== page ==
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Saturday, July 07, 2018

A World of Culture, Oil, and Golf: Interview with David Allard, Geologist and Author

Having the opportunity to live and work in a number of different countries and cultures generates an awareness of the way that culture, context, and logistical realities affect leadership decisions. Welcome to an interview with David Allard, shares lessons learned from his diverse experience as a geologist in many different countries and contexts.

1.  What is your name and your background? 
 David Allard has a college degree in geology and  worked in the petroleum business his entire career. Colorado is the 7th US state he lived in including a couple moves with the family growing up.

2.  What did your career entail?  Where in the world did you work and why? 
David Allard worked for over 35 years as a petroleum geologist and from 1988 to 2006 worked internationally in more than 20 countries, including living with his family in Egypt and Scotland. Allard has had a varied career as a petroleum geologist, playing a part in many new field discoveries, publications, and public presentations. 

David Allard began working in industry as a petroleum geologist in San Francisco, CA then moved in 1981 to Midland, Texas to work for a major oil and gas company, and in 1988 to Houston working international projects. In 1998, after joining an independent oil and gas company, he moved his family to live in Egypt, followed five years later by a Scotland assignment. David took on management roles of increasing responsibility starting in 2000. After returning to the US in 2006 work locations have involved 3 different states.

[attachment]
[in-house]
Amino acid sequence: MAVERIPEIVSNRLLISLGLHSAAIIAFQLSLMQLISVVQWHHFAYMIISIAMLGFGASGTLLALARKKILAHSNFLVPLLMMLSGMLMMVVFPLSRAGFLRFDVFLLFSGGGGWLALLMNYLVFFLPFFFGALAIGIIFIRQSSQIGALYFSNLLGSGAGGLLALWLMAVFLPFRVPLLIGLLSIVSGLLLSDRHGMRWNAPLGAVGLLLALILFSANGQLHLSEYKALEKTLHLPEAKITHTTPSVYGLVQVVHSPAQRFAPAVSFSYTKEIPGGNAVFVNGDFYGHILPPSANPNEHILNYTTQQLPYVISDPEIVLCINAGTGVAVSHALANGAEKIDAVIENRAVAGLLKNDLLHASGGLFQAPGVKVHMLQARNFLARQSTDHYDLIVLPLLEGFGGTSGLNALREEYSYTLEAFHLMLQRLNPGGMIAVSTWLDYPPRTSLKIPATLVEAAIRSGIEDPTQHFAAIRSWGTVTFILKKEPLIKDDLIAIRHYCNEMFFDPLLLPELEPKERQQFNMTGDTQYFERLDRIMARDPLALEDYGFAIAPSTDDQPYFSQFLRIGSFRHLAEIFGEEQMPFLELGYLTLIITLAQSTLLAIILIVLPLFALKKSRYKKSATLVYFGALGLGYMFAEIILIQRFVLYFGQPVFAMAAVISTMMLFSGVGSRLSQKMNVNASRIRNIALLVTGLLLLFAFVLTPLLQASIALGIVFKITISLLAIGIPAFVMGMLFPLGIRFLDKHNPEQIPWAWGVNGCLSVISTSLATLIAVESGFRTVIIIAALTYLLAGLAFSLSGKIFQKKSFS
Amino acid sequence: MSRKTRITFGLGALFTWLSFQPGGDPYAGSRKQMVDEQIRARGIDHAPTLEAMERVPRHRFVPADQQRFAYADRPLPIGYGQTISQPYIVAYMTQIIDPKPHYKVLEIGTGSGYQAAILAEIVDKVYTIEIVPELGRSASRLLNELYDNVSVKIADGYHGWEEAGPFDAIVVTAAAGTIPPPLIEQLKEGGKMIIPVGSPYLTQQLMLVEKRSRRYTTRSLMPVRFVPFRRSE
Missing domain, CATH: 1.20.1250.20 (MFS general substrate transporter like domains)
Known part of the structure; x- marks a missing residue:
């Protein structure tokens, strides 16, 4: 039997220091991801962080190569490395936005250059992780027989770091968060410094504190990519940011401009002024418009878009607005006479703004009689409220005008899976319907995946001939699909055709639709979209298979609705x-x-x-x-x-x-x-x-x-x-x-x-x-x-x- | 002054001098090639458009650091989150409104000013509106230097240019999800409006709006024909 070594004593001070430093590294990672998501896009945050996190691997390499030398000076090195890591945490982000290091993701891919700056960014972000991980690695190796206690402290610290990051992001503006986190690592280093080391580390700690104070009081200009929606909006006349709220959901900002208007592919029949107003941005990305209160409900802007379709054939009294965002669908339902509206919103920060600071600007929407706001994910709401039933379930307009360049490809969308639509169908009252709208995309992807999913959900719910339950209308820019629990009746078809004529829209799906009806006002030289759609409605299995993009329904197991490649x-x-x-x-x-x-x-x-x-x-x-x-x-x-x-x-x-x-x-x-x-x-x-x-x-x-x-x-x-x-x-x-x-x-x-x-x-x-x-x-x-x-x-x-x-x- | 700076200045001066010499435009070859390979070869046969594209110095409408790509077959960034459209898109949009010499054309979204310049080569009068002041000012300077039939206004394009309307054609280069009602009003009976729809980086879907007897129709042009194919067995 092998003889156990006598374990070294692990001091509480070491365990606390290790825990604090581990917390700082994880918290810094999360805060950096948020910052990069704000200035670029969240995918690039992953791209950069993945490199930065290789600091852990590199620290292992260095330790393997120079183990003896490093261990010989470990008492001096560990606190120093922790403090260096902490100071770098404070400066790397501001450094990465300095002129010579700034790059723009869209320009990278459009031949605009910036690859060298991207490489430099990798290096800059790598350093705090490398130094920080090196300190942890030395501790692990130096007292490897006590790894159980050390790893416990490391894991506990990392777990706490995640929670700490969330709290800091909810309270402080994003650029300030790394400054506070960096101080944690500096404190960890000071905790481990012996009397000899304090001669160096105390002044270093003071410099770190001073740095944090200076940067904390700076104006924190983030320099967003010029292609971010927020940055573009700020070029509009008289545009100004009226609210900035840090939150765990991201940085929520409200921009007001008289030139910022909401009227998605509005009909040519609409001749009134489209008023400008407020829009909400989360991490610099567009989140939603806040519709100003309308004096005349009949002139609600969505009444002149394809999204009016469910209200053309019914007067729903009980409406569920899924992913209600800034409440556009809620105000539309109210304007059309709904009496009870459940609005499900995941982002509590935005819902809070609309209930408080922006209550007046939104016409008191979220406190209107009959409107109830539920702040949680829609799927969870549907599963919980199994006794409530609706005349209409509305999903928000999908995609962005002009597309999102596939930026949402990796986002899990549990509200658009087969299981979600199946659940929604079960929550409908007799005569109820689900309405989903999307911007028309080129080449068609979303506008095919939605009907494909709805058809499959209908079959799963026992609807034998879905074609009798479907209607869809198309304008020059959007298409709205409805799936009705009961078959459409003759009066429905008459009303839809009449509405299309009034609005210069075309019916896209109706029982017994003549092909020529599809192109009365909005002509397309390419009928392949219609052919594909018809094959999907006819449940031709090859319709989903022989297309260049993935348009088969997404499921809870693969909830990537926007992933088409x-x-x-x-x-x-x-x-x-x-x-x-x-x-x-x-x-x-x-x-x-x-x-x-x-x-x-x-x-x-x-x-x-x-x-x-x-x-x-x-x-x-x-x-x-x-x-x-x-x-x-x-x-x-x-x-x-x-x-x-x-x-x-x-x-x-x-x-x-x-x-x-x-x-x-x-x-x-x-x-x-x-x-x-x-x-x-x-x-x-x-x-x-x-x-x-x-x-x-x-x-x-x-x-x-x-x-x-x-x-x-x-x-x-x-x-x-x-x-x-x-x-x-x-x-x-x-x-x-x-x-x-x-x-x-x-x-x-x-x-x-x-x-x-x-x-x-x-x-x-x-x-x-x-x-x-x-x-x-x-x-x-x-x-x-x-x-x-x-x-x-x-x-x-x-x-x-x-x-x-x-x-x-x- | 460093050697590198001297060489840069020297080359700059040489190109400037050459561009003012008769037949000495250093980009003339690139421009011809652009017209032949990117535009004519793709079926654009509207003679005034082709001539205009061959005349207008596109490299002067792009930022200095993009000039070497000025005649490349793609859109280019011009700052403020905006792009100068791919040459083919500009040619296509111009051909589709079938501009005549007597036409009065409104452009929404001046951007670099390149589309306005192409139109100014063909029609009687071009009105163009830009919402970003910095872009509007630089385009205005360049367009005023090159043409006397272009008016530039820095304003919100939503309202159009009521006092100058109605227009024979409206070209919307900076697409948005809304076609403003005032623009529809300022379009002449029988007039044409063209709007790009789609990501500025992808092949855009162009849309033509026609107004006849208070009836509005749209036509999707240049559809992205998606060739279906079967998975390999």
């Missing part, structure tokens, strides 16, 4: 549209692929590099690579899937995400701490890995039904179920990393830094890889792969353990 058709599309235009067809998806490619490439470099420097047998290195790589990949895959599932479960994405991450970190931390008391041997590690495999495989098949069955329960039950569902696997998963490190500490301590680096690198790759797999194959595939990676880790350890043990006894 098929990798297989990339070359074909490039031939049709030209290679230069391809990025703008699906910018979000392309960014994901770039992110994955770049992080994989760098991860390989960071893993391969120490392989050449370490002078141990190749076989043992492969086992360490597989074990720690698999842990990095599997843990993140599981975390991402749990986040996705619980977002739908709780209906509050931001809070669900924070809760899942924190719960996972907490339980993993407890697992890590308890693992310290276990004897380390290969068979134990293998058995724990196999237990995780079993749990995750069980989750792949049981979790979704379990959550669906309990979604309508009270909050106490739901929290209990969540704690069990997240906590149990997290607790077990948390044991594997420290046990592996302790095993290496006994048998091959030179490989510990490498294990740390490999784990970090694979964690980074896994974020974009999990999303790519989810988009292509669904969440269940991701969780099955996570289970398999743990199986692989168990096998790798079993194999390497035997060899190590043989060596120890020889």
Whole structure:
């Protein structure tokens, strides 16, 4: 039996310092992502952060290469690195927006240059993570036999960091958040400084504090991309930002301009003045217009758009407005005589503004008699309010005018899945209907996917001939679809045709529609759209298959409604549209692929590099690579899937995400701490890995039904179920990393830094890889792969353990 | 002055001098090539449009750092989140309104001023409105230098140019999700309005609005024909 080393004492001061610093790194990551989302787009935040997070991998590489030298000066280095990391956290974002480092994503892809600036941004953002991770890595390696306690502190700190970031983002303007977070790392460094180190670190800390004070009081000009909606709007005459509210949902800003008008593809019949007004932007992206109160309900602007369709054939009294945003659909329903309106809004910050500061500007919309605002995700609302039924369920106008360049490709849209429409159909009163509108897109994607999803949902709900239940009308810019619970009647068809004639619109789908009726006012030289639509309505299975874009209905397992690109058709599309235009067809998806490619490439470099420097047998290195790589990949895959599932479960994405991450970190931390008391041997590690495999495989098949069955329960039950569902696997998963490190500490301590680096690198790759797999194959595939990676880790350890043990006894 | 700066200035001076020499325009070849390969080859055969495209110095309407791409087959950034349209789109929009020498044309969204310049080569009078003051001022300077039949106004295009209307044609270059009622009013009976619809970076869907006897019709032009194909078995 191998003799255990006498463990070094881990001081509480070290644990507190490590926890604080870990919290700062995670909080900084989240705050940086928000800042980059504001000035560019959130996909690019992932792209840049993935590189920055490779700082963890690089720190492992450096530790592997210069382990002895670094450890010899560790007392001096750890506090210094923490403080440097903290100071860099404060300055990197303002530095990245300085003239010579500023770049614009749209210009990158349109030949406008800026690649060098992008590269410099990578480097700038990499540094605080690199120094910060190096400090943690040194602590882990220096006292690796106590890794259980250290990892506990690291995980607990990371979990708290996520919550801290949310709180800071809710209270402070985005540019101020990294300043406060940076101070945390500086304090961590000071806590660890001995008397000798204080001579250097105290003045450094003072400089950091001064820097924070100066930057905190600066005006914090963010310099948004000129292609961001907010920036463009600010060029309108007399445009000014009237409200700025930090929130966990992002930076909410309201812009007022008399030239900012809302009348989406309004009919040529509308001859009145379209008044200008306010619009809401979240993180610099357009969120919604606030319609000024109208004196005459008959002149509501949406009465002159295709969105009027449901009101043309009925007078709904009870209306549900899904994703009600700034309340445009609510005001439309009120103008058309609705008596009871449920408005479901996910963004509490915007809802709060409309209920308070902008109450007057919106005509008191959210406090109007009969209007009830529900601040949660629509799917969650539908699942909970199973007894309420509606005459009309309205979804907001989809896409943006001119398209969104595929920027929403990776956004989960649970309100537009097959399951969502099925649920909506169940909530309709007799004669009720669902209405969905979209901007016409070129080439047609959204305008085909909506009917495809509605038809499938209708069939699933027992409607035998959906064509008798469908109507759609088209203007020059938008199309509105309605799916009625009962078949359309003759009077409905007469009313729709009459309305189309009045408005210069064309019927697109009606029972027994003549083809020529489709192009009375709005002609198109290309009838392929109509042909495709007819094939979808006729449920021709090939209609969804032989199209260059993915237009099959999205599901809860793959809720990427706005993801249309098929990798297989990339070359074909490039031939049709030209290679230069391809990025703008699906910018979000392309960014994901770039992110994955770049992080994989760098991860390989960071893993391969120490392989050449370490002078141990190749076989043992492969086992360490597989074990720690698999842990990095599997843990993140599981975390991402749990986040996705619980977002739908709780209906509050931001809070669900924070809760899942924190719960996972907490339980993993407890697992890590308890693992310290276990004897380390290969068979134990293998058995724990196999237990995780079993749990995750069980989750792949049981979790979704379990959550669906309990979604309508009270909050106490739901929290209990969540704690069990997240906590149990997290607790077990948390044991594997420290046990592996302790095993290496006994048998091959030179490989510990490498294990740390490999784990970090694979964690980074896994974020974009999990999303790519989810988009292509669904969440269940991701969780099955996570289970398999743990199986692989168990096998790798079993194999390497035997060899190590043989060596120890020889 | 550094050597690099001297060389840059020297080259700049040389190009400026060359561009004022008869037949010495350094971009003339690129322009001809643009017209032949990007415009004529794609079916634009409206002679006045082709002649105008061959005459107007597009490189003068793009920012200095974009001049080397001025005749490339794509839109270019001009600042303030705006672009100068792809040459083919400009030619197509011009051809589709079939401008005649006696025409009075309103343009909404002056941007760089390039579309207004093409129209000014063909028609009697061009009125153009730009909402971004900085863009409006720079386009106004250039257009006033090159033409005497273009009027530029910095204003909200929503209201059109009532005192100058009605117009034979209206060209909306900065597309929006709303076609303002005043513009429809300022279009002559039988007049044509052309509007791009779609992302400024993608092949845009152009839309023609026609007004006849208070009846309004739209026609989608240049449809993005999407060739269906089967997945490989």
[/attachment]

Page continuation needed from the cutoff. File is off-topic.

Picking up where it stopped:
He recently published a nonfiction book: A World of Culture, Oil and Golf that covers a 20 year period of international and domestic USA business and historical aspects from the perspective of a staff geologist and in the latter half of his career in leadership roles. Beginning in 2017, book marketing efforts include speaking events as an expert in petroleum geology and international experiences. He currently lives in Denver and still loves golf.

3.  What was your main job responsibility? Could you have done it from Houston? Why or why not?
As a manager in the petroleum business, I could do the job from Houston; especially now with the communications and computer tools we have today. Early in my career I spent a lot of time on rigs to acquire the geology data for exploration.  That experience got me in the international oil business initially, which lead to extensive travels. The interactions with locals resulted in some project benefits in the long run.

4.  What were some of the things you learned about people, culture, and different ways of doing business?
It is important to engage every member of the team in either remote drilling sites or in the office. Remote drilling sites in 3rd world countries require a variety of services and those are sourced locally. It takes time to vet the area and line up support, before the heavy equipment is moving to the location. Negotiations with government petroleum companies are helped if you know the local rules, who has what authority and who to trust as you portray what is in it for the host country.

5.  Please describe two or three of your most important "lessons learned" – 
Respect the host culture and customs of the host country when working internationally.
A successful team needs effective communication and to understand the strengths of each person on the team. People are motivated to work by things other than money.